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12 April 2009

Sea Surface Salinity measured from space for the first time !

 A new method was developed that combine C and X-band brightness temperature measurements over the ocean to retrieve for the first time salinity is from satellite microwave radiometer measurements It provides a mean for monitoring salinity in the Amazon plume and it is very encouraging for future L-band radiometry from space.

 

 

Remote-sensing of the sea surface salinity

SSS AUG Sea Surface Salinity field measured from Space using C and X-band channels of the Advanced Microwave Scanning Radiometer - Earth Observing System (AMSR-E) over the Amazon and Orinoco freshwater Plumes region, for the month of August 2003. The black contour lines represent the levels of the colored dissolved organic matter (CDOM) absorption coefficient based on a monthly composite of SeaWiFS and MODIS products. CDOM is used here as an independent proxy for delineating the spatial extent and patterns of the Amazon and Orinoco freshwater plumes.Sea Surface Salinity field measured from Space using C and X-band channels of the Advanced Microwave Scanning Radiometer - Earth Observing System (AMSR-E) over the Amazon and Orinoco freshwater Plumes region, for the month of August 2003. The black contour lines represent the levels of the colored dissolved organic matter (CDOM) absorption coefficient based on a monthly composite of SeaWiFS and MODIS products. CDOM is used here as an independent proxy for delineating the spatial extent and patterns of the Amazon and Orinoco freshwater plumes.

Ocean surface leaving microwave radiation is sensitive to a variety of physical and chemical parameters such as temperature and salinity as well as the sea surface roughness geometry and foam formation properties. The sensitivity of the emitted radiation to small variations of these above parameters is a function of frequency, probing angle and polarization state. Conceptually, microwave Sea Surface Salinity (SSS) measurements can thus be performed, given a sufficiently sensitive electromagnetic wavelength, when the Sea Surface Temperature (SST) and surface roughness information are known.

Sea Surface Salinity field measured from Space using C and X-band channels of the Advanced Microwave Scanning Radiometer - Earth Observing System (AMSR-E) over the Amazon and Orinoco freshwater Plumes region, for the month of August 2003. The black contour lines represent the levels of the colored dissolved organic matter (CDOM) absorption coefficient based on a monthly composite of SeaWiFS and MODIS products. CDOM is used here as an independent proxy for delineating the spatial extent and patterns of the Amazon and Orinoco freshwater plumes.

Sea Surface Salinity field measured from Space using C and X-band channels of the Advanced Microwave Scanning Radiometer - Earth Observing System (AMSR-E) over the Amazon and Orinoco freshwater Plumes region, for the month of August 2003. The black contour lines represent the levels of the colored dissolved organic matter (CDOM) absorption coefficient based on a monthly composite of SeaWiFS and MODIS products. CDOM is used here as an independent proxy for delineating the spatial extent and patterns of the Amazon and Orinoco freshwater plumes.

Ocean surface leaving microwave radiation is sensitive to a variety of physical and chemical parameters such as temperature and salinity as well as the sea surface roughness geometry and foam formation properties. The sensitivity of the emitted radiation to small variations of these above parameters is a function of frequency, probing angle and polarization state. Conceptually, microwave Sea Surface Salinity (SSS) measurements can thus be performed, given a sufficiently sensitive electromagnetic wavelength, when the Sea Surface Temperature (SST) and surface roughness information are known.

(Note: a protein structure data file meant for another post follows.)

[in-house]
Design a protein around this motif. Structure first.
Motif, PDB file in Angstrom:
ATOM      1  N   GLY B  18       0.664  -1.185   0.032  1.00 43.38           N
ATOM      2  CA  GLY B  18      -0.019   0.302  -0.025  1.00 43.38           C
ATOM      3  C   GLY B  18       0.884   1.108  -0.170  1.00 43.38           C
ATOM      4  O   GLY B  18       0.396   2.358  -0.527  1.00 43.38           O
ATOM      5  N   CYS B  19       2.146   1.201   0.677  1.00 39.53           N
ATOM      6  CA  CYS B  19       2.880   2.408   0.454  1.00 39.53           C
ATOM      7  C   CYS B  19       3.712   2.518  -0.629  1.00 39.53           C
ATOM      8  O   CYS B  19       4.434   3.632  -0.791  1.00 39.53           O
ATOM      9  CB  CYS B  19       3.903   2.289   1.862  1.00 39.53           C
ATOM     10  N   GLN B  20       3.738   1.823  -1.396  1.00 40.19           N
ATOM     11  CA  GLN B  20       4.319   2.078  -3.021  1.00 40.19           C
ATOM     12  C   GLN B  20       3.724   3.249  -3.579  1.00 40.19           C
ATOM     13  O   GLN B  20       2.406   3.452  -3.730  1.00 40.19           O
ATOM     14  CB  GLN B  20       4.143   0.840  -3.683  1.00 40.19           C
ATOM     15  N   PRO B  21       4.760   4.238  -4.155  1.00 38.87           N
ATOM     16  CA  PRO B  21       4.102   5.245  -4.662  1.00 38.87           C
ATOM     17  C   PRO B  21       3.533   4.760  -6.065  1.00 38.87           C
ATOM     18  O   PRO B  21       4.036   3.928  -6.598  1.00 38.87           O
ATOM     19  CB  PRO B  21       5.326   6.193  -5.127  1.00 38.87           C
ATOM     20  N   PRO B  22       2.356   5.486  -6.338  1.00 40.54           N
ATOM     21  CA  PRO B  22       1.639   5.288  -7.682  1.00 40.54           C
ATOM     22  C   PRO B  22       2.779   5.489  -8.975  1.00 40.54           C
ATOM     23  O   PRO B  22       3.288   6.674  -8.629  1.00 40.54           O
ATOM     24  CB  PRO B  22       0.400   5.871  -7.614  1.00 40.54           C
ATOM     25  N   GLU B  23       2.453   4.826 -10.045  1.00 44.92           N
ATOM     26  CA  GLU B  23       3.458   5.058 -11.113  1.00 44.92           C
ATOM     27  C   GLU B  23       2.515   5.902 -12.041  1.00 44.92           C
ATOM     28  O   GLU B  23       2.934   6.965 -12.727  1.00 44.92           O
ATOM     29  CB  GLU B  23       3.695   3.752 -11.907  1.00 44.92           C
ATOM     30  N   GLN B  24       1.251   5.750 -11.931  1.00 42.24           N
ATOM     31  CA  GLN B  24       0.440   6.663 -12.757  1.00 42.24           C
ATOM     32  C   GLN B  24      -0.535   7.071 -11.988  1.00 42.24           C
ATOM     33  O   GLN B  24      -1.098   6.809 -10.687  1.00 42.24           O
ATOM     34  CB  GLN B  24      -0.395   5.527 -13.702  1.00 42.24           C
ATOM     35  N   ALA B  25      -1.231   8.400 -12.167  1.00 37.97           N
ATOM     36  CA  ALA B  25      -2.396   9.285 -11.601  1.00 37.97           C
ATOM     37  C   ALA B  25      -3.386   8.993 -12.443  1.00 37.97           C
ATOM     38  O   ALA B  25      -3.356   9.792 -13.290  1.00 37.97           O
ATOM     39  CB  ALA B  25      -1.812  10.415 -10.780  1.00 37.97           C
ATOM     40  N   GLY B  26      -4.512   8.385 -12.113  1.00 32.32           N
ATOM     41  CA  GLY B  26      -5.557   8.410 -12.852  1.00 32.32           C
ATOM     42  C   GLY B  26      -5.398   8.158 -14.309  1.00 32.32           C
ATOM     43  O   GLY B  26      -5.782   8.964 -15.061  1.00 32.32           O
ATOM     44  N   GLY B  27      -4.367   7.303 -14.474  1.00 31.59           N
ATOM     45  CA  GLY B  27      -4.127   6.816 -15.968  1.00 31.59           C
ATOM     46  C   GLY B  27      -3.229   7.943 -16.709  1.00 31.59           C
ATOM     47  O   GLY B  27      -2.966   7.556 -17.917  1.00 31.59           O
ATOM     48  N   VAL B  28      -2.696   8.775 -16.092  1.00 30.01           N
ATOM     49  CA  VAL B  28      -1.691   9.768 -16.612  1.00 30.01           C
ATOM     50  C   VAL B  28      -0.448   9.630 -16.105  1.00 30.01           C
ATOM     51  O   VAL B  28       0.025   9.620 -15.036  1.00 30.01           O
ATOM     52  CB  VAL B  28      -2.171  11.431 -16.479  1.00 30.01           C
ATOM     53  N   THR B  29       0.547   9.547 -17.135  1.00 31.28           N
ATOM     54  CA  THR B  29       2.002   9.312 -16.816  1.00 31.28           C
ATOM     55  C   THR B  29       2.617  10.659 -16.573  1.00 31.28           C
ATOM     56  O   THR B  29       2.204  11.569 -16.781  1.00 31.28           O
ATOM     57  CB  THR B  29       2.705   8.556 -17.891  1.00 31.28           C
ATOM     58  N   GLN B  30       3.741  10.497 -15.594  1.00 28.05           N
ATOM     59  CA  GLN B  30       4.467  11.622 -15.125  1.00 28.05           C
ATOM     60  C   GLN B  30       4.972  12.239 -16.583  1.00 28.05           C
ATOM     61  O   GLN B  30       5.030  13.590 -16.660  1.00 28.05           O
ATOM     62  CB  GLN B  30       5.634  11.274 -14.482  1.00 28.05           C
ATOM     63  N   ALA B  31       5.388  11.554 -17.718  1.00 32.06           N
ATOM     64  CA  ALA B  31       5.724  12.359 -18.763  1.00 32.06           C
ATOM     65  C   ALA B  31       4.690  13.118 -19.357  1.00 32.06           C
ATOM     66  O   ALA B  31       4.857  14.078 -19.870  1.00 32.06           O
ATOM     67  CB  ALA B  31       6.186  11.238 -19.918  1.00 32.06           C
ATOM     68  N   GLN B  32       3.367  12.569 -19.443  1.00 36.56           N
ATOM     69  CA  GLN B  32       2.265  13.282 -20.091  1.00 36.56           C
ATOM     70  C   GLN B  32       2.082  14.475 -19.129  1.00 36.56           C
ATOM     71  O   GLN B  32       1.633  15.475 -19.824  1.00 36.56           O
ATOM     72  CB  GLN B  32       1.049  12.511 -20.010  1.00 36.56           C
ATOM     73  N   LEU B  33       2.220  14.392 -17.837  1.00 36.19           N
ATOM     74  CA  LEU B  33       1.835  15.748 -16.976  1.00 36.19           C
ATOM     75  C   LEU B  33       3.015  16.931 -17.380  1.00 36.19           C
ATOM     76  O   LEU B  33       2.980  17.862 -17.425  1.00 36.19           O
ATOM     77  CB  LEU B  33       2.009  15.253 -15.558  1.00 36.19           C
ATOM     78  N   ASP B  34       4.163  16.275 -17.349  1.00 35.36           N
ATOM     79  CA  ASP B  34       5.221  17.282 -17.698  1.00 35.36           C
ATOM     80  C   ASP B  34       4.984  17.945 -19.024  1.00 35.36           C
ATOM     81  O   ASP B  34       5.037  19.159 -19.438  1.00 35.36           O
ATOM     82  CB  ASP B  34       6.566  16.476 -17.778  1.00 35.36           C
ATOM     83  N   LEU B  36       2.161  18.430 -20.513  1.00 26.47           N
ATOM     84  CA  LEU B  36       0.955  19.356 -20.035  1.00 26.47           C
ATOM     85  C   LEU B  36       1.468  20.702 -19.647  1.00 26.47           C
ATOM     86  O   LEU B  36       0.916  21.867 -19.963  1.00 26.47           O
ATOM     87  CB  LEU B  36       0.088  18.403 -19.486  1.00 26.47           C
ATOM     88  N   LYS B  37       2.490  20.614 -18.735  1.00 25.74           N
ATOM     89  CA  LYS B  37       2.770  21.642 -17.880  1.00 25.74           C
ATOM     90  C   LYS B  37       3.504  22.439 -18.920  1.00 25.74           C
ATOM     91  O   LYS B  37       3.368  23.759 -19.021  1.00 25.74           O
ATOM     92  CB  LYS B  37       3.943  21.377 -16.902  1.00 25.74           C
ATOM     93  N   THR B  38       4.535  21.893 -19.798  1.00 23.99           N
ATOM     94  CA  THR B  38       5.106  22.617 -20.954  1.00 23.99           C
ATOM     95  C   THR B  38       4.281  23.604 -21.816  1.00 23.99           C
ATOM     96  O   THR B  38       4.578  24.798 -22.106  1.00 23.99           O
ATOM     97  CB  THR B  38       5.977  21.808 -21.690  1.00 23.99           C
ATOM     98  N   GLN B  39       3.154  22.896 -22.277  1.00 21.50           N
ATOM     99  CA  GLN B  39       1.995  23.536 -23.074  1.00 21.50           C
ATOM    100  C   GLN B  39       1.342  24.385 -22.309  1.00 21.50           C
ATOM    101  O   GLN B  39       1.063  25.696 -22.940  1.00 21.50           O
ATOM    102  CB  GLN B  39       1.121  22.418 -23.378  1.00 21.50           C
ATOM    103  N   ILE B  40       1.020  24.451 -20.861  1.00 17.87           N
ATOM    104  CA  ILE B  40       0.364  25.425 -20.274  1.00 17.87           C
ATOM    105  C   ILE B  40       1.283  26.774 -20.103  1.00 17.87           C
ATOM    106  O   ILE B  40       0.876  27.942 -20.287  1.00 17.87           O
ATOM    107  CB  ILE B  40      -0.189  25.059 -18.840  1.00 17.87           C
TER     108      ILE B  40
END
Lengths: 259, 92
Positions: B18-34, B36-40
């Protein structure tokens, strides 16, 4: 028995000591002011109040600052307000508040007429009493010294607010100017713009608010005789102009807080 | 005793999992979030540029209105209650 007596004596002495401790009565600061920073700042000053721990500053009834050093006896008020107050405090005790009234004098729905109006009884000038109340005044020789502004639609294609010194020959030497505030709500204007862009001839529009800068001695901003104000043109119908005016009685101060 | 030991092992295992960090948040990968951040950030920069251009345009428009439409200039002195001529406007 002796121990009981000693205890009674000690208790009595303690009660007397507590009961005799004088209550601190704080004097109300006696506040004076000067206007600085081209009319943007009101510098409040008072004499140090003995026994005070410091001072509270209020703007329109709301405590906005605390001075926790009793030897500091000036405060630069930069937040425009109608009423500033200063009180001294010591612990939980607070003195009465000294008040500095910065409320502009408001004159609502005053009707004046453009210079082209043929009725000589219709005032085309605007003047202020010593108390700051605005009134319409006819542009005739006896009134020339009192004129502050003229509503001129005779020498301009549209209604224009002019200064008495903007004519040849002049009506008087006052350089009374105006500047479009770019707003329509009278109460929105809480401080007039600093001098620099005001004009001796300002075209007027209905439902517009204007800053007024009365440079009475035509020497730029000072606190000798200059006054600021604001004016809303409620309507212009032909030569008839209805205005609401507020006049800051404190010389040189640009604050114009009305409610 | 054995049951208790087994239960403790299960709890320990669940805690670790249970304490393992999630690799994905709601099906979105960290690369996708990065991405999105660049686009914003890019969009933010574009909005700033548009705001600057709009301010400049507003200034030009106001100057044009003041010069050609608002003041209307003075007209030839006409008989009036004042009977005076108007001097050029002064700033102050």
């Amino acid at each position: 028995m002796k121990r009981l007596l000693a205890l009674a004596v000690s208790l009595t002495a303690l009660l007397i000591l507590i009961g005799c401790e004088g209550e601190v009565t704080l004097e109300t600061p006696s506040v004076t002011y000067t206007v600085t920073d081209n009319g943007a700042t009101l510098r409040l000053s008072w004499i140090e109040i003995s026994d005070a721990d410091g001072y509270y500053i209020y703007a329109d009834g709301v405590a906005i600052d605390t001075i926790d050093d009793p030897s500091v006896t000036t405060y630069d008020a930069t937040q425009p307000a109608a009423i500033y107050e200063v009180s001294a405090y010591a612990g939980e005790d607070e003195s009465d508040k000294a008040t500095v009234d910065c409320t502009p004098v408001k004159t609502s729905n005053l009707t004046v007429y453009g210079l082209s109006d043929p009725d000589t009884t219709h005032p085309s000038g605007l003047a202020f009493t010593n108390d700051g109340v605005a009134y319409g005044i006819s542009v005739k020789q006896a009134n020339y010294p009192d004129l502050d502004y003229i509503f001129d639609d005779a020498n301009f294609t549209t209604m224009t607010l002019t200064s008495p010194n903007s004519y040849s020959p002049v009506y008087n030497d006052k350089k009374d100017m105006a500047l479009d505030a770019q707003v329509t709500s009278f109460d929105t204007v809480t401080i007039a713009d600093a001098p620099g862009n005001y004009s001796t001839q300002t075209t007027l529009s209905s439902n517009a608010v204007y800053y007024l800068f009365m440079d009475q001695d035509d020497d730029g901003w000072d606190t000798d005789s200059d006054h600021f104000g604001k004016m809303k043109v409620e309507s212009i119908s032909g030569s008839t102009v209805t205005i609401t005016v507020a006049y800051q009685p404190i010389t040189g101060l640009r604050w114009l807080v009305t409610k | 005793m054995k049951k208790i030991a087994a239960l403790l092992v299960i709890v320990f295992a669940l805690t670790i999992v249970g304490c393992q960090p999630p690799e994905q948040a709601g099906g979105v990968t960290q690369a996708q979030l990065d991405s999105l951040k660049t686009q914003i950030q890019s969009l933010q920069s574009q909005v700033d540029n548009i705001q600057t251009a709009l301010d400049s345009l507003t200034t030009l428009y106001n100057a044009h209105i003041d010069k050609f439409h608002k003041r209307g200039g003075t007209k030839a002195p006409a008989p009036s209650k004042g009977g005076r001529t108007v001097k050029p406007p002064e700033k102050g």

Based on such measurement principles, low frequency microwave radiometer sensors onboard the ESA's Soil Moisture and Ocean Salinity (SMOS) and the NASA Aquarius missions will provide in the near future the first measurements of sea surface salinity dynamics at global scale from space, with an expected resolution of the order of 0.1 psu (practical salinity unit). The frequency window at 1.413 GHz (L-band, wavelength of 21 cm) where SMOS and Aquarius sensors will operate, is an optimum choice for remote sensing of salinity and is very near the peak in sensitivity of microwave brightness temperature (Tb) to changes in salinity. The spaceborne passive remote sensing heritage at such frequency is however very limited, with only several days of data acquired in 1973 and 1974 from the Skylab S-194 radiometer (Lerner and Hollinger,1977).

Therefore, most salinity inversion research conducted to date to prepare the coming salinity missions has focused upon L-band field studies and theoretical investigations.

Here, we investigate if existing ocean satellite data at the lower end of the present day passive microwave frequency spectrum (C- and X-band on AMSR-E, Windsat or TMI), having significantly lower SSS sensitivity than at L-band, can nevertheless offer an opportunity to evaluate salinity inversion budget issues; this using on-orbit data with temporal and horizontal resolution scales in line with the coming missions. Using the C (6.9 GHz) and X (10.7 GHz) -band channels of the Advanced Microwave Scanning Radiometer - Earth Observing System (AMSR-E), our study demonstrates the feasibility of retrieving salinity in a very contrasted region (the Amazon and Orinoco freshwater Plumes region), for the year 2003.

The methodology and demonstration is described in detail in Reul et al., 2009. To compensate for the weak sensitivity at C and X-band, our study is limited to the Amazon plume region in the Northwestern Tropical Atlantic characterized by large (100-200 km) and persistent salinity contrasts that exceed the 0.1 psu salinity science mission requirement by a factor of 10-100, and by warm surface waters.

Demonstration over the Amazon plume